Well, dear readers, gong xi fa cai and happy new year! February 14th marked the start of the Year of the Tiger (the metal Tiger, specifically) and like all good holidays, this one involved a lot of delicious food. (It was also Valentine's Day, I know, but the extent of my celebrating that involved looking at all the pink-hued treats on Foodgawker and Tastespotting!)
We had a very low key CNY dinner at home this year of hot pot (steamboat), and a non-traditional one at that. Of course we had all the usual suspects of fish balls and fish cakes, tofu, cabbage and other leafy vegetables, but my dad also added zucchini, carrots, and tomatoes. Different...but good! There were also some shirataki noodle bundles, but of course, the main event is the thinly sliced meat (pork and beef this time). Hot pot is a very communal way of eating and is good fun as everyone is gathered around the pot, busy dipping their slices of meat into the bubbling soup. Swish it around for a few seconds, and it's ready to eat!
And here is the most important component of hot pots (at our house, at least)--sa cha jiang (or as the bottle says, barbecue sauce). I can't explain what this tastes like--salty, savory, sure, but much more complex than that. This is the main ingredient in the sauce that the meat and other ingredients are dipped in before eating; everyone mixes up their own sauce to their taste. Mine is relatively simple and just includes a good dollop of this, a splash of soy sauce, a bit of sesame oil, and a bit of the soup. Some people would insist on fermented tofu, but I am just not a fermented tofu kinda girl.
Sorry for the er, half-eaten fishball photo but I wanted to show you the inside of my faaaavorite kind of fishball, the fuchow type! It's got a little, juicy pork filling that is just amazingly delicious. More so dipped in sauce! Mmm. I wish I had one right now. But it's not all savory foods, we also had to have some dessert!
To me, there is no sweet that is more traditional for Chinese New Year than nian gao. It's a sticky rice cake and there are some old stories about how you offer this to the Kitchen God so that you glue his mouth shut so he can't report anything bad about you or your family (hmph! there would be nothing bad to report for me!). It's also a bit of a play on words--it means new year's cake, but it also means "year higher"--as in, every year, you become more prosperous, more fortunate, etc. etc. But none of that is important--this is delicious and so easy to make. I am providing a simple recipe for coconut nian gao, although this is not quite as traditional as the good old brown sugar kind, which, sadly, I don't know how to make. Ready for the recipe?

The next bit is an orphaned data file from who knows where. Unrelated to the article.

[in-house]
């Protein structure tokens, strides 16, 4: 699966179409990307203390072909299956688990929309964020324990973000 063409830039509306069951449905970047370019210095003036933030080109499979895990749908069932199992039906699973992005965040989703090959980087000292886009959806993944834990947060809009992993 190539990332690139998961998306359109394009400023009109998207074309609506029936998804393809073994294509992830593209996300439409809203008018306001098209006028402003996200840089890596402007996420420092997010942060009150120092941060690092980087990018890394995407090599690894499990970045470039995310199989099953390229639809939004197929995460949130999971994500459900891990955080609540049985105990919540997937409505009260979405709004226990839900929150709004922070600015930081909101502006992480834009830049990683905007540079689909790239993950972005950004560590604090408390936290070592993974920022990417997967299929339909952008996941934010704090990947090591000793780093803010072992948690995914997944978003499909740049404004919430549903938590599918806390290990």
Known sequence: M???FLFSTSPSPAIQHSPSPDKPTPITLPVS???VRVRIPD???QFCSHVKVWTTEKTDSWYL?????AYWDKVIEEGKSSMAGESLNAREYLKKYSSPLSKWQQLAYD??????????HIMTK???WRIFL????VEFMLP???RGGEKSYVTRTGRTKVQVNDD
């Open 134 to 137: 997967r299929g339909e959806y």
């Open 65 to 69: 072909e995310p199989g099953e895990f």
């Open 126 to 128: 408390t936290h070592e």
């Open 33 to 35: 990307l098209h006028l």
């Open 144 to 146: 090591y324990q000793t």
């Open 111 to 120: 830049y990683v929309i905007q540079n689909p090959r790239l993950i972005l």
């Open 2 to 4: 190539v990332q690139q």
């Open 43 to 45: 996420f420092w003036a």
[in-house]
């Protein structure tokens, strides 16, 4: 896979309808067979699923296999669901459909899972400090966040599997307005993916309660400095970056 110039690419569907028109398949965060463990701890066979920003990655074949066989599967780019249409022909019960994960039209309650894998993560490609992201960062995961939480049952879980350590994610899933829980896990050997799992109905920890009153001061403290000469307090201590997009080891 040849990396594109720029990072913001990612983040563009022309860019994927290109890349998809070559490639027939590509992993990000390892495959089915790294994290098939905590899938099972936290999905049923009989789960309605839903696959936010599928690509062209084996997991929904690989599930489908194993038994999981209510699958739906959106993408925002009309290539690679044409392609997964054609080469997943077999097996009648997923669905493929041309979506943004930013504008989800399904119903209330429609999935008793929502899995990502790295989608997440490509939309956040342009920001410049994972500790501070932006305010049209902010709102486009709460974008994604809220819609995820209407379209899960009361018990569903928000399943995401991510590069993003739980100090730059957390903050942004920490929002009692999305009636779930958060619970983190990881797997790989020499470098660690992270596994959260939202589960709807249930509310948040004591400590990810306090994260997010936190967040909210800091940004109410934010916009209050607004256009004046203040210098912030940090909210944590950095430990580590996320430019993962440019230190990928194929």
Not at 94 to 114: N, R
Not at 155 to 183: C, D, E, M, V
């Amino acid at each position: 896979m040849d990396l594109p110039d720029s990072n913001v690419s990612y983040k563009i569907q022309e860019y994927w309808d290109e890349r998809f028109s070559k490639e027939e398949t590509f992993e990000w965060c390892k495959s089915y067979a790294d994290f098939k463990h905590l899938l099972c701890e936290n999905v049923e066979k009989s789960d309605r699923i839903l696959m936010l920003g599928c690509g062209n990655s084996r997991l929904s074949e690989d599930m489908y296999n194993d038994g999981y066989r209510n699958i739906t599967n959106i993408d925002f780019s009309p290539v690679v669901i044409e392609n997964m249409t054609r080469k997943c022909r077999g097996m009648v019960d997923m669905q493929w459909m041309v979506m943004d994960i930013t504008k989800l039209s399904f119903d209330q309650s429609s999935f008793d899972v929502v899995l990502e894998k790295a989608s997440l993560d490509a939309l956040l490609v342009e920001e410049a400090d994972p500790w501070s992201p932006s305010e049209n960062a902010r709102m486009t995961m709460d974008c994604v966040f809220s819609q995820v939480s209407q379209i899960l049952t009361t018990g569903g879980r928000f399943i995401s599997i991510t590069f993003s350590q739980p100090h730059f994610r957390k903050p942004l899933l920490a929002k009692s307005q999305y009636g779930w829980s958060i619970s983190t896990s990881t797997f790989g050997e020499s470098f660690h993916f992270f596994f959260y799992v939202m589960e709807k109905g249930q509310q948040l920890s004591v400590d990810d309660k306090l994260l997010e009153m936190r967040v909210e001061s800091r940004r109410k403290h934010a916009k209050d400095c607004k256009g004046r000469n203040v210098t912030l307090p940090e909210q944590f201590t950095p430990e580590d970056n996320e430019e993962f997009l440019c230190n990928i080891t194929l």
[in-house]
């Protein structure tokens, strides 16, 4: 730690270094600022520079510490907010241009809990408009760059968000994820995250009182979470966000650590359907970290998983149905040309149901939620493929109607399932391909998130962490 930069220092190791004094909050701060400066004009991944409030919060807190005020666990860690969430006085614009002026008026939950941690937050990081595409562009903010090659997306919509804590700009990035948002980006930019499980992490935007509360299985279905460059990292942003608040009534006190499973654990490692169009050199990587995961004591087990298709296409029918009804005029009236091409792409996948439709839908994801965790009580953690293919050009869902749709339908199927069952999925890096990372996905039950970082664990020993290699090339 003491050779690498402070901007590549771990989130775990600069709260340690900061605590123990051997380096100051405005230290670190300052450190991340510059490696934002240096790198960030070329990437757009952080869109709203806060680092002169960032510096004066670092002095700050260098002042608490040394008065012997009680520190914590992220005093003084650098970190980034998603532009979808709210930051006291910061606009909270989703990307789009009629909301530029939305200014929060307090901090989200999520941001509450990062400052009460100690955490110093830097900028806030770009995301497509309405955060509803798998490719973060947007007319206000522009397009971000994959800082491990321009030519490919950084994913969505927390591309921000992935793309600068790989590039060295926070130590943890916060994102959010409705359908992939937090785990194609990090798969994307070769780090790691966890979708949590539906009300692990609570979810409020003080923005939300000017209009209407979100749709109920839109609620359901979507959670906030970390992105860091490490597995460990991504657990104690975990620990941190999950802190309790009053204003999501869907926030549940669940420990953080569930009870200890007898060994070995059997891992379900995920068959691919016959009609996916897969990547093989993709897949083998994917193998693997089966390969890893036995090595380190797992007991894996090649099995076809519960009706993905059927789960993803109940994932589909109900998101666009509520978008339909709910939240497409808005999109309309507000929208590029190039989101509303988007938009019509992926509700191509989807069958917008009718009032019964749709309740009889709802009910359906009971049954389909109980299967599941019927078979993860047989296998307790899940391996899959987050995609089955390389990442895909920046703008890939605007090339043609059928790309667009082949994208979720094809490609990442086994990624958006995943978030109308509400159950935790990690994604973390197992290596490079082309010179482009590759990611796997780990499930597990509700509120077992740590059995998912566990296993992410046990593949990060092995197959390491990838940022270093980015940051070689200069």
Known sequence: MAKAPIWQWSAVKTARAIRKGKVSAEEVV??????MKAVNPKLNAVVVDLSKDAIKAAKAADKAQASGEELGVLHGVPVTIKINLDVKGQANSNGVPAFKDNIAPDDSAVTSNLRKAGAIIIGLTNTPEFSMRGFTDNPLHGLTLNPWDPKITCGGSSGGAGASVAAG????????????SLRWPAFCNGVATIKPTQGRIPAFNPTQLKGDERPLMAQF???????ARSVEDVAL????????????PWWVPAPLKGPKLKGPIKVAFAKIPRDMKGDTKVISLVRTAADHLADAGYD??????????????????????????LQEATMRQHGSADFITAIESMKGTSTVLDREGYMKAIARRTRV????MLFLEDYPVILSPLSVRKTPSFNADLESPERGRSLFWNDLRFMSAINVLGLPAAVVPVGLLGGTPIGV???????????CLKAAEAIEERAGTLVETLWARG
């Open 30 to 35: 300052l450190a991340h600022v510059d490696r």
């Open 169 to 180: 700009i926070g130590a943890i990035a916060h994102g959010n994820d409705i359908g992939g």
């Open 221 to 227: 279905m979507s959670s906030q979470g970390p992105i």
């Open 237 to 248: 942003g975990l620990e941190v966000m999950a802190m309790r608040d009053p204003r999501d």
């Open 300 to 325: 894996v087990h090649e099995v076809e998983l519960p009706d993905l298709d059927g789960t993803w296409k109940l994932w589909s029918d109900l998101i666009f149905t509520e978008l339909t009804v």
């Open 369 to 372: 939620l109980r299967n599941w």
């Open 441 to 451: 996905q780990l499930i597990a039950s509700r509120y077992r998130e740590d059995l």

Take one can of coconut milk (shake well!), one can of evaporated milk (shake well), 4 eggs, 1/2 to one cup of sugar, and one package of glutinous rice flour (available at any Chinese grocery). Whisk together until smooth. Stir in one cup of shredded, sweetened coconut. Pour into a greased 9x13 inch pan, and sprinkle an additional cup of sweetened coconut over the top. Bake in a preheated 375 F oven for about 50 minutes, or until browned and crusty on top. Easy, no?
Serve in small squares with a cup of tea. Actually, this is more civilized than how I usually eat it, which is to cut a piece off everytime I walk past it. It's chewy and stretchy and coconutty. You can keep this in the fridge if you can't finish it within 3 or 4 days, but you want to give it a quick buzz in the microwave to soften it up in that case.
I mentioned the classic brown sugar nian gao above...well, I didn't make one because I don't know how! Fortunately, my friend gave me a wedge made by her future in-laws--thanks!! I love this kind of nian gao specifically because of what you do with it after you refrigerate it and gets all bricklike--you batter it and fry it! Nian gao fritter!
The batter is very simple--a cup of all purpose flour, combined with an egg and enough milk to make a thick-ish batter. Sorry, I never measure this so I can't be more precise, but hopefully you can see from the photo how thick the batter should be. Dip your slices of nian gao, then pan fry in a little vegetable oil until nicely browned on both sides. The batter will puff up a bit as it fries, and you will feel the nian gao soften up. There's a variation of this where you make a sandwich with thin slices of nian gao and sweet potato, and THEN batter and fry it, but I was feeling lazy.
Drain on paper towels for a few minutes; this both removes the excess oil, and allows the nian gao to cool off a bit which is good. Trust me, this stuff gets and stays hot and since it's sticky, you can give yourself a nasty burn if you bite into it right away.
This isn't the greatest picture, but I just wanted to show the inside of one of these fritters. Hopefully you can see how sticky the nian gao gets.
Well I think this might be my longest post ever--if you made it this far, I congratulate you ;). Gong xi fa cai, xing nian kuai le! I think I'm going to play it safe and eat some more nian gao to ensure luck. And New Yorkers, don't forget--the Chinese New Year parade is tomorrow in Chinatown! Check back here for photos on Monday or Tuesday (I know, I know, the HK posts keep getting pre-empted! Soon!)